6452804Reviewed by Jennifer Jensen

In what is considered the last major battle of the Civil War, Confederate General John Bell Hood was defeated due to poorly laid out battle strategies and harsh weather conditions which worked to the advantage of the opposing army. Under his command, thousands of brave men lost their lives. General Hood himself did not leave the war unscathed; the loss of his left arm and his right leg were a bitter reminder of his failures. To defend his reputation, John Bell Hood wrote a memoir, which was published posthumously in 1880.

A Separate Country by Robert Hicks is a fictional account of John Bell Hood’s life in New Orleans. Written as a memoir, the chapters rotate between three narrators: John Bell Hood; Anna Marie, Hood’s wife; and Eli Griffin, a man deeply affected by Hood’s actions in the Civil War. At the start of the novel, Hood pleads with Griffin to obtain his memoir from the publisher and destroy it. In its place, he would like the papers he entrusts to Griffin to be published instead. Eli’s narrative revolves around his reactions to the new memoirs and his conflict with separating General Hood from the man he has now come to know and respect.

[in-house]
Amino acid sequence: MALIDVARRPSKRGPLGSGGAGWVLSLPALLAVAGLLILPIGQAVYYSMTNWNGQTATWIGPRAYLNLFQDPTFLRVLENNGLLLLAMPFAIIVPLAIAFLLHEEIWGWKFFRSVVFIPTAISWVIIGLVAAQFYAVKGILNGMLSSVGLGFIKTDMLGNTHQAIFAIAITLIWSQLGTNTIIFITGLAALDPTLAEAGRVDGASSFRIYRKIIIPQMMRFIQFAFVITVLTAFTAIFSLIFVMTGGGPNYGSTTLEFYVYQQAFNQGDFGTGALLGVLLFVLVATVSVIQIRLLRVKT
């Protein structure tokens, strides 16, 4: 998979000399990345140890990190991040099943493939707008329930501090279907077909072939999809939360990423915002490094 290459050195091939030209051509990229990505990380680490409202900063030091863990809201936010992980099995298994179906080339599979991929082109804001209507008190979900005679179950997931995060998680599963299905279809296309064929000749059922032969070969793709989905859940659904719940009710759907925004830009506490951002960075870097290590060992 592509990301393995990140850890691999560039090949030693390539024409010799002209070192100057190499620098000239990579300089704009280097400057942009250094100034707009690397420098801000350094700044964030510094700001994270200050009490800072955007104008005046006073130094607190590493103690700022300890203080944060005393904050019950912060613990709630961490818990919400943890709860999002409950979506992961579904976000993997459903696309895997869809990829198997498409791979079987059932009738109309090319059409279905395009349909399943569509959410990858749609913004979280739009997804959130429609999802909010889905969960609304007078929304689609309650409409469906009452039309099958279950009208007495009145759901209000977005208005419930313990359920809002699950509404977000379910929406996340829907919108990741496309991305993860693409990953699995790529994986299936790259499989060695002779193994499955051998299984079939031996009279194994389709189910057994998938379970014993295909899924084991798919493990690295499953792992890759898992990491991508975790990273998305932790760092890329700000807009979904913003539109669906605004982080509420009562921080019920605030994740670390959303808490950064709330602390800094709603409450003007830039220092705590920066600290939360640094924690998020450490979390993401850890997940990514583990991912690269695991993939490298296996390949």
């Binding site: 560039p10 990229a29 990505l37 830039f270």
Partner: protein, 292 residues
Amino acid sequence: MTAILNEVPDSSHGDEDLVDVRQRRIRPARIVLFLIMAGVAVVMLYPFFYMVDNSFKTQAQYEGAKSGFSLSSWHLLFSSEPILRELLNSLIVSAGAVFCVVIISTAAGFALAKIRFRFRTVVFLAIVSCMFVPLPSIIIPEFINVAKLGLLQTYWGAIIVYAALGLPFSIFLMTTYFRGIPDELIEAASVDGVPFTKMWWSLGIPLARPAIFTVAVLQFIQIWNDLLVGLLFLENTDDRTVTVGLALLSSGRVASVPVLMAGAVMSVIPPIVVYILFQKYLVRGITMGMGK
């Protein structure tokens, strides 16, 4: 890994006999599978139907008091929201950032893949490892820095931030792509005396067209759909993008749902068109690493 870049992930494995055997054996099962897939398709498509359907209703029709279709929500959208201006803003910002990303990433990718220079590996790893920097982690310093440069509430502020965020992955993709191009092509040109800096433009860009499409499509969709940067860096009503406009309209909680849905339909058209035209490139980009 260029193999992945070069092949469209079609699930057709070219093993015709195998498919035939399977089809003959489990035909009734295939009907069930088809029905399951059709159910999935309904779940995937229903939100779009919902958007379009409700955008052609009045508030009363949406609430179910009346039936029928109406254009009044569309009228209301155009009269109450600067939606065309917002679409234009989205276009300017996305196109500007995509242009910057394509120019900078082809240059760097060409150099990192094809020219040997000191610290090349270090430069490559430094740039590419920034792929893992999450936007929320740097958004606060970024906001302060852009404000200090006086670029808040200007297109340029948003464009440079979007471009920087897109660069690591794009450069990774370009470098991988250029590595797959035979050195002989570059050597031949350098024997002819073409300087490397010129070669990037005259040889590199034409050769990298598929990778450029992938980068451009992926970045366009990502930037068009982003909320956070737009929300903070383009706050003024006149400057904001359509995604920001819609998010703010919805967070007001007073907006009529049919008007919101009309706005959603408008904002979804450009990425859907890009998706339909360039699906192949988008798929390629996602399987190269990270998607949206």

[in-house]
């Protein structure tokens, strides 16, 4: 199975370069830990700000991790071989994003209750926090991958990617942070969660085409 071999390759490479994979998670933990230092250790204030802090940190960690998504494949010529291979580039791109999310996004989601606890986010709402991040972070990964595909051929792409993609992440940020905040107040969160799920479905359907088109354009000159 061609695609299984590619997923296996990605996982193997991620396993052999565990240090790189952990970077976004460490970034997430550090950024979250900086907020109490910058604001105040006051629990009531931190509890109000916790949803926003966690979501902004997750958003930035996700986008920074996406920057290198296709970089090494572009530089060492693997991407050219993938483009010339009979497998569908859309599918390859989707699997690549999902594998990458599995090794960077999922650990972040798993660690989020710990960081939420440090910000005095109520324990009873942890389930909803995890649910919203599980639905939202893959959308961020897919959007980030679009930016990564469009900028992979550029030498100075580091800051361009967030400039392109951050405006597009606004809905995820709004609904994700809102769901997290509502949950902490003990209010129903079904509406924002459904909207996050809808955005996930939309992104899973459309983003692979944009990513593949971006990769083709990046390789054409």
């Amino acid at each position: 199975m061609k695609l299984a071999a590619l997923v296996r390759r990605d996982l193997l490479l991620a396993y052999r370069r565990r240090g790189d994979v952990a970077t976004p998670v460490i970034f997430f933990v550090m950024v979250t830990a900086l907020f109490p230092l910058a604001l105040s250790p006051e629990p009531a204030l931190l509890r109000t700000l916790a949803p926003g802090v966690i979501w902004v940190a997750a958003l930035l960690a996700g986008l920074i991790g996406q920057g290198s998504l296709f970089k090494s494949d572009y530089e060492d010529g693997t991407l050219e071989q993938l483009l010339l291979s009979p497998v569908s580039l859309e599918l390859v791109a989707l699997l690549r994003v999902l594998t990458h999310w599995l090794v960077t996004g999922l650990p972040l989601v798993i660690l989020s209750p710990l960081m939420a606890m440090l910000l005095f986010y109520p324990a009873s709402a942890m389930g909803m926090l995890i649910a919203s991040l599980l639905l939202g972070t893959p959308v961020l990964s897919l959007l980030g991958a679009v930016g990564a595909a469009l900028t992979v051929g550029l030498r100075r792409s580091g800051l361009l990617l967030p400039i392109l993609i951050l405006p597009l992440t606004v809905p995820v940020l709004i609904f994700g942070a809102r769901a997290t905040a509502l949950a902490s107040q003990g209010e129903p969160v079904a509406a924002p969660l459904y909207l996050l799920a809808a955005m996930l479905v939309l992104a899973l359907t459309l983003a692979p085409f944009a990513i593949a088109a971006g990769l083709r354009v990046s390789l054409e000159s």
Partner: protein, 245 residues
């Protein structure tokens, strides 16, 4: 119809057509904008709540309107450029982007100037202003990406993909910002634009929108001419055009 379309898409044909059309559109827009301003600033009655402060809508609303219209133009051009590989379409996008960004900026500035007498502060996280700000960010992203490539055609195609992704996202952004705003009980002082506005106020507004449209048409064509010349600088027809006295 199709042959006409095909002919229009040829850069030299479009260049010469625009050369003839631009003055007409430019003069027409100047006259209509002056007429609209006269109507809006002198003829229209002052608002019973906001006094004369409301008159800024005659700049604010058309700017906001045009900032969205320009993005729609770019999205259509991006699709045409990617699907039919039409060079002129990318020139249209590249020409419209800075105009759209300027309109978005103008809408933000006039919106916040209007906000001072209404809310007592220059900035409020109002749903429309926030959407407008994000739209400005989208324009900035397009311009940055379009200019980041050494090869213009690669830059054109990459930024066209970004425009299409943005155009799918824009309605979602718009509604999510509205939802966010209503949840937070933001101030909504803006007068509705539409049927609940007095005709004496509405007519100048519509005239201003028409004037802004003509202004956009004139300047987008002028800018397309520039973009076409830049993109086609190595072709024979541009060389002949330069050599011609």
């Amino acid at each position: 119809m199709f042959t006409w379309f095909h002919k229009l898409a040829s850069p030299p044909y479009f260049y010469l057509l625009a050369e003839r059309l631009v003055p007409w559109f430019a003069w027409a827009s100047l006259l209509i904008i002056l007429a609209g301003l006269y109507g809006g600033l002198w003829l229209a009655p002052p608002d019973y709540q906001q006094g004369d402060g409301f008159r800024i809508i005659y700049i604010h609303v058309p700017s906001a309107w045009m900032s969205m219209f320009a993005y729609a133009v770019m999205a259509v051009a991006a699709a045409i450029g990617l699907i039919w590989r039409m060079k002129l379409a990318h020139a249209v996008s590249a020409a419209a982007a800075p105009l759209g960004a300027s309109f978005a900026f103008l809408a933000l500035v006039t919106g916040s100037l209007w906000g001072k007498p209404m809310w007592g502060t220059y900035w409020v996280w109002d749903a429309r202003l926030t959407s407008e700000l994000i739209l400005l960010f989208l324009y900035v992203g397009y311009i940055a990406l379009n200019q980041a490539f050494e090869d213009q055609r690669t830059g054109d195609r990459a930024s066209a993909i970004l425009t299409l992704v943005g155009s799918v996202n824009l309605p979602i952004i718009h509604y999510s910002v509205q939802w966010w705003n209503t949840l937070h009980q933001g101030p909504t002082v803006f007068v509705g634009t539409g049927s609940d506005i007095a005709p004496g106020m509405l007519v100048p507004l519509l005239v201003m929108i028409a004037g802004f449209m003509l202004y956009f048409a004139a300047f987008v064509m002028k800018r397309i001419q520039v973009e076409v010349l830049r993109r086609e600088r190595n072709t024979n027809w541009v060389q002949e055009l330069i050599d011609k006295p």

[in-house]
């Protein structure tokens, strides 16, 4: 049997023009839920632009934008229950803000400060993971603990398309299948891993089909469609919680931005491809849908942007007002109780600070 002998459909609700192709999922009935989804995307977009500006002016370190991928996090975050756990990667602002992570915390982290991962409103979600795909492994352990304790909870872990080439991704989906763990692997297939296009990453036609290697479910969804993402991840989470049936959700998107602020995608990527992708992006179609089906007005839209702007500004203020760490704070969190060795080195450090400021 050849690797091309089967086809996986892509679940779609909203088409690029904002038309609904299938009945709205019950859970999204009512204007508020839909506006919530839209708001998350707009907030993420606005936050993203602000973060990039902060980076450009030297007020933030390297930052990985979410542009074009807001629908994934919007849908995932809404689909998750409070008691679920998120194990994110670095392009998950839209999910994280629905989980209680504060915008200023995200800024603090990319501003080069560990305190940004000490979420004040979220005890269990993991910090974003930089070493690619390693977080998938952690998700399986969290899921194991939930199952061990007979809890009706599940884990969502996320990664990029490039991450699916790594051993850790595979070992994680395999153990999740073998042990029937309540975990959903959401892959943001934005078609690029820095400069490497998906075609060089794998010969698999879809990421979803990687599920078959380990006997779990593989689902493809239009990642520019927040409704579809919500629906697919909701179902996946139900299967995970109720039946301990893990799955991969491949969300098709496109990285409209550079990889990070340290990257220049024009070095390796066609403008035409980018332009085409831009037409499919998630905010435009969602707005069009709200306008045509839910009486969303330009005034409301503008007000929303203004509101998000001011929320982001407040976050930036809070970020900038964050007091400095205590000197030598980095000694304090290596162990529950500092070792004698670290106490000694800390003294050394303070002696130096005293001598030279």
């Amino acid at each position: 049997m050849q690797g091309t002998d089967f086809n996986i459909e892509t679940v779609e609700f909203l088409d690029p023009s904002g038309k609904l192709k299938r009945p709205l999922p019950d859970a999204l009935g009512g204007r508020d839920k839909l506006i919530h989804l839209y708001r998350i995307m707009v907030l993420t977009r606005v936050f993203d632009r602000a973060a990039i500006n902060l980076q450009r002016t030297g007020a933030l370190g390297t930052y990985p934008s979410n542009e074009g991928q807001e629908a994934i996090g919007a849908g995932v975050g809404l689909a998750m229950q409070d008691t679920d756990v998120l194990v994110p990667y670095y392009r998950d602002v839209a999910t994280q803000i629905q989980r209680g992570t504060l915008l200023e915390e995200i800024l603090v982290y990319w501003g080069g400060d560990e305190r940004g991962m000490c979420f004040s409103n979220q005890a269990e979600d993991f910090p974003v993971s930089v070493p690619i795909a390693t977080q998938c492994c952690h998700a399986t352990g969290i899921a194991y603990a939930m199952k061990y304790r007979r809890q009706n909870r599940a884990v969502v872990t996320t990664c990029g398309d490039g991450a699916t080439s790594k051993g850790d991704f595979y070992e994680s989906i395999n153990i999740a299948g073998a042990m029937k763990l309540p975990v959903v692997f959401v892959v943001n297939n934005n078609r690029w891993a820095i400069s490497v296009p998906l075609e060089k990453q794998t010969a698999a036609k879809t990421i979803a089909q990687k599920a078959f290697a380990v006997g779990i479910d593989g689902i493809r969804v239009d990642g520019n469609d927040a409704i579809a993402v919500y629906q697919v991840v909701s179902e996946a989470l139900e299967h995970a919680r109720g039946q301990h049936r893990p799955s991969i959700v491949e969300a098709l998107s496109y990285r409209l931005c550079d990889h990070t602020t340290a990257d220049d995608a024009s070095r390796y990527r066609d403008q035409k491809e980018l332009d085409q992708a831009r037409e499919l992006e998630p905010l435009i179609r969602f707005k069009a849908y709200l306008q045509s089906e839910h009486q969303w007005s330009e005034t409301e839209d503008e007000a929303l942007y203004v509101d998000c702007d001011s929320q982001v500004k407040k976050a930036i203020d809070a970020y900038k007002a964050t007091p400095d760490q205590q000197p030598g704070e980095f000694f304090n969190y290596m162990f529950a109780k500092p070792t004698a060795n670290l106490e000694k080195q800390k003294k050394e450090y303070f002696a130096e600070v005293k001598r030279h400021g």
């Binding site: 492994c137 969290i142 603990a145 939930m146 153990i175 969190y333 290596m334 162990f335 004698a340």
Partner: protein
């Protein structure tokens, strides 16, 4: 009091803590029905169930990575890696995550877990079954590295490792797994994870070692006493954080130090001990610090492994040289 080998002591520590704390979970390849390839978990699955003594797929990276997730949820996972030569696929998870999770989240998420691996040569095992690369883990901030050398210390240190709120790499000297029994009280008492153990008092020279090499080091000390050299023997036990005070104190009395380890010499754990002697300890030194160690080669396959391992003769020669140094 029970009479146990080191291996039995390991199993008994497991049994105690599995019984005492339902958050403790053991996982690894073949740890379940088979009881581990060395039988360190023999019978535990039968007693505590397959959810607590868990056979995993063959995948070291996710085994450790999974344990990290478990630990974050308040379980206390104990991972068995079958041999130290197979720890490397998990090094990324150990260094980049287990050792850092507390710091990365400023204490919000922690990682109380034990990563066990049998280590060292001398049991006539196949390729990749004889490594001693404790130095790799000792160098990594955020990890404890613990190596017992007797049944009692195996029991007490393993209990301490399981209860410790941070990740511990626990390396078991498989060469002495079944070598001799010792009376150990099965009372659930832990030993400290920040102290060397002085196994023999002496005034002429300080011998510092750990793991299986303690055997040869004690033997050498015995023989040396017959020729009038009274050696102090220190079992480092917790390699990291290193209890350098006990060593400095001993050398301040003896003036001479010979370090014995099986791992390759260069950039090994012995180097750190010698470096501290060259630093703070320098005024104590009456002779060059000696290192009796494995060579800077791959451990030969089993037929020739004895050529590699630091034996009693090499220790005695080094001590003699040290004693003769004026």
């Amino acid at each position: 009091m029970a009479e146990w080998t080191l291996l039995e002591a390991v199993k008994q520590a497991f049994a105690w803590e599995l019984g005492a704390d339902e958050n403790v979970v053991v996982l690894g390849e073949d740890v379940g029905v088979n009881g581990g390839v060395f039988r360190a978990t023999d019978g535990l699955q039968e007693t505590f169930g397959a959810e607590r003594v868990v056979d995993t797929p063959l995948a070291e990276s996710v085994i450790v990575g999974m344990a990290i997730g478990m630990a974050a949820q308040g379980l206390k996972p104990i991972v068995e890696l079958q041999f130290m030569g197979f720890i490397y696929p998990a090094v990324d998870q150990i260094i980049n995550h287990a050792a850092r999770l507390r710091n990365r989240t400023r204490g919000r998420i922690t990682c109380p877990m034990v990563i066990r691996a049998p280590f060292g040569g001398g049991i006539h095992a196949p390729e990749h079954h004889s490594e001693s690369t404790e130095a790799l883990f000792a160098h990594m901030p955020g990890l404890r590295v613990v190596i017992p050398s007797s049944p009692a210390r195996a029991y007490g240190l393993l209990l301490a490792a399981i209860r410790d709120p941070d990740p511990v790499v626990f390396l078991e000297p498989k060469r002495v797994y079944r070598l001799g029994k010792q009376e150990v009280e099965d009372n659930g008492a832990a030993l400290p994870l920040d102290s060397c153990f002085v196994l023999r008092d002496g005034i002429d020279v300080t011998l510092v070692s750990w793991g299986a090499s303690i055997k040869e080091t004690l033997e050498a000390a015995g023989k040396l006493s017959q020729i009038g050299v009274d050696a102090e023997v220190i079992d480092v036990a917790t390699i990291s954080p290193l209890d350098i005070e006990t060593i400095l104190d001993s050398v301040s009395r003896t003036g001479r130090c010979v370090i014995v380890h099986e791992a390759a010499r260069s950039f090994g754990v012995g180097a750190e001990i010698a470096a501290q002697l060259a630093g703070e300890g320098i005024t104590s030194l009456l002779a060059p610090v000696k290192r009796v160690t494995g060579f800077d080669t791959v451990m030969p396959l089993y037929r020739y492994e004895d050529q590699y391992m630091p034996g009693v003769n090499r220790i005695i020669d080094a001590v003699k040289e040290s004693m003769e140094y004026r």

Anna Marie’s narrative recounts her romance with the fallen General and her life raising his children. Additionally, Anna Marie’s history also shows the darker side of New Orleans, and the prejudices between different races and positions in society.

Though History was one of my favorite subjects in school, I remember little of the Civil War, the events which led up to it, and most importantly for the sake of reading A Separate Country, General John Bell Hood. In briefly studying the Civil War after reading this novel, I can safely say that I would have enjoyed this novel even less had I known actual historical facts beforehand. The idea of a secretive memoir, which shows a softer and more humbled vision of General John Bell, is a promising subject for a novel, and one of the main reasons I was interested in reading it.

Although I enjoyed the narratives of John Bell Hood and Eli Griffin, I was less interested in Anna Marie and the cast of secondary characters she brought into the story. Had A Separate Country focused more on Hood and Griffin and their conflicts with one another, I feel it would have been a better novel. While I appreciated the different characters’ perspectives on this colorful time in history, the writing style and “voice” of the characters were too similar for my taste. Griffin, who is a common working man, does not speak as one. His journals possess the same poetic style as Anna’s and Hood’s, the only difference being the grammatical error of confusing “weren’t” with “wasn’t”. To its credit, A Separate Country is highly accessible to those with little knowledge of the history of the South.

For more information, please visit Robert Hicks’ website.

Jennifer graduated from the University of Utah with a BA in English. She occasionally dabbles with her own fiction writing, particularly with the Young Adult and Paranormal genres. She currently resides in Utah with her husband and daughter.